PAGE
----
Kathy Kleiman, author of Proving Ground: The Untold Story of the Six Women Who Programmed the World’s First Modern Computer, will tell how she tracked down these women and captured their stories starting at 5:30 pm on Wednesday, Nov. 30, at the free Discovery Center Community Forum at Havre de Grace Middle/High School, 445 Lewis Lane, Havre de Grace, MD 21078.
Because you have to choose your science fair project and an advisor before you apply to enter a science fair, allow a week or two to figure out what you want to do. To enter the Magic of Science Fair for middle schoolers in northeastern Maryland, you must apply by 5 pm on May 8, 2023. The science fair will be held on June 10, 2023, at the TUNE Center at Harford Community College, 510 Thomas Run Road, Bel Air, Md., so you will want to choose a project you can do in six-to-eight weeks.
Why should I enter a science fair?
We are going to be awarding 3D-printers and other prizes to the winner and runner-up for the sixth, seventh, and eighth grades. But the best reason to enter the science fair is what you will earn by participating all the way through: a talent stack. A talent stack is a group of skills you have developed. The great thing about a talent stack is that you don’t have to be the best at each skill because it’s the combination of them that will give you your edge in life.
For starters, here are just some of the skills in the talent stack that you will create by participating in a science fair:
- How to do research to decide on what project to do. This will involve talking to your project advisor, your parents, librarians, and searching on YouTube and Google.
- How to find people who can help you when you’re stuck and don’t know what to do. Just make sure that you don’t let an adult take over your project and do it for you. The judges will know.
- How to create a schedule so you allow time to do your project, write it up, and create your display board.
- How to make a budget for your project.
- How to write up your project.
- How to tell the judges about your project with confidence so they know you understand it.
- How to be patient and kind with yourself while you learn new skills.
You will need this talent stack in high school, college, and your future career to be successful. Your new talent stack is your ultimate prize.
First, download the Magic of Science Fair submission instructions
Next, start taking notes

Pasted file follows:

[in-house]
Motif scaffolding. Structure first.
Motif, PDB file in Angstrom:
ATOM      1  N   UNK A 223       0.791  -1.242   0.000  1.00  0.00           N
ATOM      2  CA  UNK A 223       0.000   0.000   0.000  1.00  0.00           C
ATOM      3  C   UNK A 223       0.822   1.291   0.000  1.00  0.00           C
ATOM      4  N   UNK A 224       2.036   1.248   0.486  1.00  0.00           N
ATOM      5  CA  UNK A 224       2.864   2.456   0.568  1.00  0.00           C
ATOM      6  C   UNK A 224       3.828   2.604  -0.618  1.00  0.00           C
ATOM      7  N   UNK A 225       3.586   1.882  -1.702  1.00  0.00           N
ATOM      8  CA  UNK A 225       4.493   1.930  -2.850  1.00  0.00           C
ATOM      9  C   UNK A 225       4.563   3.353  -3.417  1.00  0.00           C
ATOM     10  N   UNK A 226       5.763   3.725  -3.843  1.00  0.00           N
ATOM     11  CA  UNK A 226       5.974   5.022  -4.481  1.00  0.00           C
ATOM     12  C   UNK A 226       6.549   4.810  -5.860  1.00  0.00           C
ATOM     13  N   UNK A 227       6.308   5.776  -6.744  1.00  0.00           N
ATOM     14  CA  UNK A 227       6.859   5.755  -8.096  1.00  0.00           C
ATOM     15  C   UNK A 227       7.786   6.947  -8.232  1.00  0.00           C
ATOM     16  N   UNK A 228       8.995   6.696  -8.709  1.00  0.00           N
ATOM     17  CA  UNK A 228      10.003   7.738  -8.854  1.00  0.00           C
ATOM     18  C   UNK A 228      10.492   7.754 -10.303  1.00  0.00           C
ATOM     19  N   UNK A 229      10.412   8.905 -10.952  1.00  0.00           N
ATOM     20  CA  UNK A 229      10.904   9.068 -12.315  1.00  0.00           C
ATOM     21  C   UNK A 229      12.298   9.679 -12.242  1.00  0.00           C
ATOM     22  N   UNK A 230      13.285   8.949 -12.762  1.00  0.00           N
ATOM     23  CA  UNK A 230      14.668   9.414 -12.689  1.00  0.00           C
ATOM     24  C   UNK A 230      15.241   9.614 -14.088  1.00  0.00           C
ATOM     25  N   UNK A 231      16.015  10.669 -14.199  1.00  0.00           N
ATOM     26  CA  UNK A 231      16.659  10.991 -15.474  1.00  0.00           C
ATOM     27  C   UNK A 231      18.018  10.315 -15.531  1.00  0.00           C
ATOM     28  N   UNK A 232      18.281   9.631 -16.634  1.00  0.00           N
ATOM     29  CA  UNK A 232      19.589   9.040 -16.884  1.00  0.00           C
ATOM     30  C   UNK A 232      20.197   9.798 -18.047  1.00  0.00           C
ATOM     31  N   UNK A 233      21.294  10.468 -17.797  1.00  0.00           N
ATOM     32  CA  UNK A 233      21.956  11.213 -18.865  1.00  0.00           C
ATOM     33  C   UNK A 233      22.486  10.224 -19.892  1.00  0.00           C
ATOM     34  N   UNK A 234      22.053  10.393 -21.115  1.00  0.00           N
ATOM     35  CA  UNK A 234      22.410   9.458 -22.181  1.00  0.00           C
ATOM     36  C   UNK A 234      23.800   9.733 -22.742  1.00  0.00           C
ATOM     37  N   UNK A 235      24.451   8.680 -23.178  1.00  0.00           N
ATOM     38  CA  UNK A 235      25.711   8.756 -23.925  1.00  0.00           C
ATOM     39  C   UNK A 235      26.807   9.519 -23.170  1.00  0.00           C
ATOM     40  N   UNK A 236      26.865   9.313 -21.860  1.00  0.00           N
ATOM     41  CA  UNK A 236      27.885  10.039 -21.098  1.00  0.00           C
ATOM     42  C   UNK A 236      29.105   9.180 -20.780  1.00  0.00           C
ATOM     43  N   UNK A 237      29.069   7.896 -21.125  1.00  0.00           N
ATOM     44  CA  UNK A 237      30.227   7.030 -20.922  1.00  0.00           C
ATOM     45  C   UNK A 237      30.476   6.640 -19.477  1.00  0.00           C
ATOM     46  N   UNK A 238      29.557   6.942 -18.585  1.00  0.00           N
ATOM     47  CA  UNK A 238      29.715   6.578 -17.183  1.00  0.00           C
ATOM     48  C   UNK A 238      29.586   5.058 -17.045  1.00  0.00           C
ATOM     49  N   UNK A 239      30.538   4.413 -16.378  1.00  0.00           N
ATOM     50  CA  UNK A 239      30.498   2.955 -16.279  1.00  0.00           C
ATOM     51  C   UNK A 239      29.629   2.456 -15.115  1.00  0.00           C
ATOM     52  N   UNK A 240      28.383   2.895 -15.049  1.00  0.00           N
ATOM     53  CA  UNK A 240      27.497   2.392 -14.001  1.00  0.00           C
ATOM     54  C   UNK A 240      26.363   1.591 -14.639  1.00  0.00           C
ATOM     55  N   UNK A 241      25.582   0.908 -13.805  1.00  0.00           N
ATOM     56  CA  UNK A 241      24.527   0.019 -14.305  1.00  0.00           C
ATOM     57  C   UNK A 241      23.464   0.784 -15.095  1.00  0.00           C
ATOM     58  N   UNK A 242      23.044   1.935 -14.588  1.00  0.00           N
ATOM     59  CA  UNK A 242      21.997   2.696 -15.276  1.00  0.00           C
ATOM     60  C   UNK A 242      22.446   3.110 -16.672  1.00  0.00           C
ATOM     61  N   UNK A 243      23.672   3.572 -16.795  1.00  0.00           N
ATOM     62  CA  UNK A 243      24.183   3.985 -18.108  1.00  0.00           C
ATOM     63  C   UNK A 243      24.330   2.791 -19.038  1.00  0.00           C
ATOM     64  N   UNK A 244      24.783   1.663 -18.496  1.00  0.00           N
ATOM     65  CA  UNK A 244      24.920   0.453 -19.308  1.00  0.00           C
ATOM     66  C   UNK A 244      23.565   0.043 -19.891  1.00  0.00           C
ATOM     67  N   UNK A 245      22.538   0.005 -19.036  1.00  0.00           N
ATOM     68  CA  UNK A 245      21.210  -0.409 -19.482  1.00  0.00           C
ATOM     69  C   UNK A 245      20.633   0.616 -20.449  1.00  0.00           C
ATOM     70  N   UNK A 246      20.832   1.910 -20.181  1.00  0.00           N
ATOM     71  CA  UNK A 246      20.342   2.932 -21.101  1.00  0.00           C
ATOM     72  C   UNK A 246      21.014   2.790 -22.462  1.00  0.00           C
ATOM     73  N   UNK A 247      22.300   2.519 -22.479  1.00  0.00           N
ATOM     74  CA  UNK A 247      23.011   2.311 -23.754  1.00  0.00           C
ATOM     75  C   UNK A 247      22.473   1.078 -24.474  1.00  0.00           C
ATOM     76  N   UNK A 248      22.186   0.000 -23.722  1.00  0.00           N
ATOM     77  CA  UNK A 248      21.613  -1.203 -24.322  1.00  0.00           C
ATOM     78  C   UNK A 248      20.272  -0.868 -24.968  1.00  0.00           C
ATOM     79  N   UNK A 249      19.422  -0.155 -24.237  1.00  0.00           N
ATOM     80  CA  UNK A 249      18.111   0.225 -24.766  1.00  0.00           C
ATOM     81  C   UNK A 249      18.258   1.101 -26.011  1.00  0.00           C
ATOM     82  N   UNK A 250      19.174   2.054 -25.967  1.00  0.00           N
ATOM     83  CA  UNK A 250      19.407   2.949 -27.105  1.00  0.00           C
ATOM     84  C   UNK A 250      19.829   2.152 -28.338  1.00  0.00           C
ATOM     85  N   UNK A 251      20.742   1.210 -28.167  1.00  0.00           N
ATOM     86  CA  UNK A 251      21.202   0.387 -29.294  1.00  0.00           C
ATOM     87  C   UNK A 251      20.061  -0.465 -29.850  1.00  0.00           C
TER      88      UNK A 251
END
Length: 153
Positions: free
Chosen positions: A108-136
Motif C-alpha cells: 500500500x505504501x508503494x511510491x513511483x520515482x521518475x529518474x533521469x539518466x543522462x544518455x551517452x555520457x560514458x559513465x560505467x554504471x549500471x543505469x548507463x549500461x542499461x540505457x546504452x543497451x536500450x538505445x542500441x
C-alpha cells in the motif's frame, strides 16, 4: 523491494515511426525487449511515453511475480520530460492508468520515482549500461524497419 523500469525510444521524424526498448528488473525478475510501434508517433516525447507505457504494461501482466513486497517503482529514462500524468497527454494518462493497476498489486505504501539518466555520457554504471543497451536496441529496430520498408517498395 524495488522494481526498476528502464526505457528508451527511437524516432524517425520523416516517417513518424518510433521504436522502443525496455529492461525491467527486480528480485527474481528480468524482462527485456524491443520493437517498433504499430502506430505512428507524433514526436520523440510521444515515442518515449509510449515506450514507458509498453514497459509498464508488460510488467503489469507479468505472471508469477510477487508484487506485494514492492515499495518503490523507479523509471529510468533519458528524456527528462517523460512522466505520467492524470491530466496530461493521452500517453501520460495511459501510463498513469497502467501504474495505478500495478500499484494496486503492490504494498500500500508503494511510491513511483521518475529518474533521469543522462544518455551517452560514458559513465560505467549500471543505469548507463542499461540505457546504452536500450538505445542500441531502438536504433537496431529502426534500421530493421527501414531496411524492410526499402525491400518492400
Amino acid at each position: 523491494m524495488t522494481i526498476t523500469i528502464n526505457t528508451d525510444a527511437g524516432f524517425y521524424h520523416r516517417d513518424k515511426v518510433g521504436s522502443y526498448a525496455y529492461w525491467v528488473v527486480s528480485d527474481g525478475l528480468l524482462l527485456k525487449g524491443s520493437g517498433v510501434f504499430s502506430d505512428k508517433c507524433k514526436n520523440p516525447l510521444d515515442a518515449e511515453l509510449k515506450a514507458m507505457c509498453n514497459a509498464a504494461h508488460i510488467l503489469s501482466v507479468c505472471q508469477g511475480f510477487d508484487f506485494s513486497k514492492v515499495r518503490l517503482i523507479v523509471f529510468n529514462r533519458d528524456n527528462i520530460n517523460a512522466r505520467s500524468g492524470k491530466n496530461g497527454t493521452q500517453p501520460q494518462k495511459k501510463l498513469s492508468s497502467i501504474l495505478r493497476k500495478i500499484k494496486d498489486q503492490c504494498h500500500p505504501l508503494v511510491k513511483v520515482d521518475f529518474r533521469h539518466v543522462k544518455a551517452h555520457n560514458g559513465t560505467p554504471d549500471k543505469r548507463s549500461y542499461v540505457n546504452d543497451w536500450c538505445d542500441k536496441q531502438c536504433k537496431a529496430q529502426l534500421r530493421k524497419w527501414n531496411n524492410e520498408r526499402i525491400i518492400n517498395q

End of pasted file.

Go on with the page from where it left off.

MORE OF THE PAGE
You have to record all the steps you take to do your project, so begin by getting a spiral notebook and stick-on tabs, or a three-ring binder plus paper and dividers, and start writing them down. You’ll need the tabs or dividers to mark sections of your notes. Print out the application instructions and keep them with your notes for handy reference.
Get this comprehensive guide
We recommend buying and reading an ebook called Students Guide to Science Fair Projects Step-by-Step Using the Scientific Method by Madeline Binder for $9.95. You can download it as soon as your purchase is approved. Read through it quickly the first time to get an overview of the process and then slowly while you do each step. The first 50 pages tell you how to choose your project. The Appendix includes 201 questions to help you find ideas for your science fair project. It also includes “Best-Kept Secrets of How to Win a Science Fair Contest” starting on page 228.
Follow the instructions on page 7 for the pages you need to print right away: Timeline, Table of Contents, the “Printables” in the Appendix, the Outcomes Checklist, and the Complete Science Fair Project Checklist.
The book also includes detailed instructions on how to make a display board. They are helpful, but be sure to follow the guidelines we provide on page 7 of the Magic of Science submission instructions.
While the book recommends a particular kind of science fair notebook you can buy from Amazon, if it’s too expensive, just use the spiral notebook or three-ring binder we suggested above. Talk to your advisor about what sections it should have.
How to search YouTube and Google for project ideas
You can type questions into YouTube and Google using the same wording you would use to talk to a person. Try searching on the following phrases:
- “middle school science fair ideas”
- “what are good science fair projects for 6th graders (or 7th graders, or 8th graders)”
- “how to win a science fair middle school”
- “what science fair judges want.”
Seeing videos of other children talking about their projects will help you understand what to do.
Try this topic selection wizard
Click here for the ScienceBuddies Topic Selection Wizard shown above. The blue “Find me a project!” button will take you to a page that starts a questionnaire about your interests and hobbies to suggest projects that might interest you.
Keep checking this blog
Throughout March and April we’ll be posting additional science fair project ideas.